Maybe not, but this one proved Stanford still is the class of the Pac-12.


Newsday (N.Y.): Stanford gets fast start, shuts down Wisconsin in 2nd half to win Rose Bowl

By Art Spander
Special to Newsday

PASADENA, Calif. -- The new year brought old-style football to the Rose Bowl, the pound 'em, ground 'em game of an earlier era. And Stanford -- contrary to its image as a school that relies on passing -- grounded and pounded relentlessly and effectively.

The Cardinal -- living up to the promise of coach David Shaw, who insisted in a pregame media session: "We're going go run the ball. That's what we do" -- ran it well enough.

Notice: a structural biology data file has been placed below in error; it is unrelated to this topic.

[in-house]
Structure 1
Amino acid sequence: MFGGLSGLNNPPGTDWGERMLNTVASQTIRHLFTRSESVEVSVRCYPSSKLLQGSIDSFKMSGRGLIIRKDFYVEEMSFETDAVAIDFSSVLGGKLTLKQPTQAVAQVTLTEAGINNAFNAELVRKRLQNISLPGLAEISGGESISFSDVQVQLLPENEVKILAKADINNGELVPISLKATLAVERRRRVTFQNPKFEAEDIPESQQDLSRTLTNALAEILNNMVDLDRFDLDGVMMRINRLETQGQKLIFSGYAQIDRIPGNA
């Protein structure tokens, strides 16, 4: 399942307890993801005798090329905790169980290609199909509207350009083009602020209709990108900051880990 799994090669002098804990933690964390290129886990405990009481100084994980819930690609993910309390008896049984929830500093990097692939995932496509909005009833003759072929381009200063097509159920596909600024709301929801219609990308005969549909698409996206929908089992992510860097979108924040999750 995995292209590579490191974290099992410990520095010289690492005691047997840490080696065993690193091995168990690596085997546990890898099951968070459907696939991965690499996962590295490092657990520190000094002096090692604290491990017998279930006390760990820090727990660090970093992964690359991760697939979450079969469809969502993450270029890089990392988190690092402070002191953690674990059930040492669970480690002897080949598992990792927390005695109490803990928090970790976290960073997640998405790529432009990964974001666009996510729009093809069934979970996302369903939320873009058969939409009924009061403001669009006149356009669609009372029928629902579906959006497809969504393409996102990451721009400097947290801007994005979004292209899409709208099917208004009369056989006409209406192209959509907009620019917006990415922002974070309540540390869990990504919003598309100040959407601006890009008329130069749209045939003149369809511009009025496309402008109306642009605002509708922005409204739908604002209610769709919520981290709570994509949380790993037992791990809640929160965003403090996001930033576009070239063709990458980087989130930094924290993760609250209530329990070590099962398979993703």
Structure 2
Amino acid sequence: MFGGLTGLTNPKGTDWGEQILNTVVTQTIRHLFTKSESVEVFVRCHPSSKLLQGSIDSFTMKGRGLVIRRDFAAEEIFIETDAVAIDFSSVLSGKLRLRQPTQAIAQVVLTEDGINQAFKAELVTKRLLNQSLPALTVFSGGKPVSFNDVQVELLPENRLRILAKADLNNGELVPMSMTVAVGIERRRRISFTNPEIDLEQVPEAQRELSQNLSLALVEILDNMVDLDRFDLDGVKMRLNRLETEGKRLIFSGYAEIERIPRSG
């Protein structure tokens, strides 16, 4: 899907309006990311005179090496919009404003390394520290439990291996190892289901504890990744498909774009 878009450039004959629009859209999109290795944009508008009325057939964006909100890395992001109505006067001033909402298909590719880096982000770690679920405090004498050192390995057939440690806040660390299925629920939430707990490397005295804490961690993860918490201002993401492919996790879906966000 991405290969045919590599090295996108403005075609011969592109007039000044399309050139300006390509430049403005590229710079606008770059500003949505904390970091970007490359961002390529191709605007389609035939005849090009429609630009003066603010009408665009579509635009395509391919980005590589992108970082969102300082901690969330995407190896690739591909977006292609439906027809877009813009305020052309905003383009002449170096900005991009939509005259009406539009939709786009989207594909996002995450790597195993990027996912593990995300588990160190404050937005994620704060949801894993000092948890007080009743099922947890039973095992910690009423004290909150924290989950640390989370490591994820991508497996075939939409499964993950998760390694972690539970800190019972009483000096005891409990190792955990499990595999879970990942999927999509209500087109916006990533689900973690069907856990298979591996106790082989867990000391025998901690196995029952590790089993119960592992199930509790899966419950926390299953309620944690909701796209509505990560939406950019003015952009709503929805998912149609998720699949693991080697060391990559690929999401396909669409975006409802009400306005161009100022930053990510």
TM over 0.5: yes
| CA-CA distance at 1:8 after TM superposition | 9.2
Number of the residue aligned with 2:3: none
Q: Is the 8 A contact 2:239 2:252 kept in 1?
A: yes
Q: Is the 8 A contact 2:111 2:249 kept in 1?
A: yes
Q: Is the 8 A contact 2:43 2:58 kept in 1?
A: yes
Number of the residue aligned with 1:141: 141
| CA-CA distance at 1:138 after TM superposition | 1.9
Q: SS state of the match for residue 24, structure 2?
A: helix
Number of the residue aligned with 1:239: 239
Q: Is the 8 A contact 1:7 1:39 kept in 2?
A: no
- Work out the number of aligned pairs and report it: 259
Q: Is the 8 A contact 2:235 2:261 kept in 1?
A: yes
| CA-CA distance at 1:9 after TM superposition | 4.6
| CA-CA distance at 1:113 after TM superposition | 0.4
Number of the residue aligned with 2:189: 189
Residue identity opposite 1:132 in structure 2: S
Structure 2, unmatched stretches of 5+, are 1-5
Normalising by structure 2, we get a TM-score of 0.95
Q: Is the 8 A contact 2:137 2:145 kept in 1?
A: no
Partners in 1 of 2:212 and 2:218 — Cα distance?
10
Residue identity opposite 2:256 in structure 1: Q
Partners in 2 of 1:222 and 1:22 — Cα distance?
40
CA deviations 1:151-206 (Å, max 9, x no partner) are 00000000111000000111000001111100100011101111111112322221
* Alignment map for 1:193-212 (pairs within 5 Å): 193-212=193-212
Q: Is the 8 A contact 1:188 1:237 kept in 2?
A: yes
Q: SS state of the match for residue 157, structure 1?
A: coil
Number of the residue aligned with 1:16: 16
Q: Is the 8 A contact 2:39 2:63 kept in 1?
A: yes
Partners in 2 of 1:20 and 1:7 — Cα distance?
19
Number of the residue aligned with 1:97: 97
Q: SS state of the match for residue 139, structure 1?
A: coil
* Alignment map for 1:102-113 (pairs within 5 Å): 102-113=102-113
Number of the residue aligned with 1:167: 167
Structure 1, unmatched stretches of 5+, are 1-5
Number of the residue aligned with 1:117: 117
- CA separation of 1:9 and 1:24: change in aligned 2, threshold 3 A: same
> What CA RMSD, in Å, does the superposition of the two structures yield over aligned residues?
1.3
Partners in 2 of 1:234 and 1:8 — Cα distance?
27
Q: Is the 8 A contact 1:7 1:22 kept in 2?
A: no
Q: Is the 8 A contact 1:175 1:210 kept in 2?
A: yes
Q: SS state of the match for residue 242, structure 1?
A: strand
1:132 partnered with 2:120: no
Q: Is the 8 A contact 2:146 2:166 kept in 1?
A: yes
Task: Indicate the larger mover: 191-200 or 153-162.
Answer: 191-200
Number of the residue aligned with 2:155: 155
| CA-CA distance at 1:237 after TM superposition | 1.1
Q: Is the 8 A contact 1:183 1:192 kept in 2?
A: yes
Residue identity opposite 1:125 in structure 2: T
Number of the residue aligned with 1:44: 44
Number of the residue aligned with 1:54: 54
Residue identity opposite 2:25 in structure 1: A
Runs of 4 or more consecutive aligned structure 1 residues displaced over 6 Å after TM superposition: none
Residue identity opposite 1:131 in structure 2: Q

Read the full story here.

Copyright © 2013 Newsday. All rights reserved.


In the Big Game, not just another loss for Cal

By Art Spander

BERKELEY, Calif. – Just another loss. The Cal safety Josh Hill said it. He was wrong.

This was a loss to Stanford, a loss when Cal couldn’t cross the goal line, a loss when Jeff Tedford’s future again was called into question, although much like the Golden Bears offense Saturday he isn’t going anywhere.

The Big Game came at the wrong time, smacked off its traditional late-November date to mid-October because of disdainful planning by the Pac-12 Conference.

We don’t care how it’s been done for 114 years, was the unwritten word from the Pac-12; you’ll hold it when we tell you. Even when the baseball season hasn’t ended.
For Cal, maybe, anytime would be the wrong time.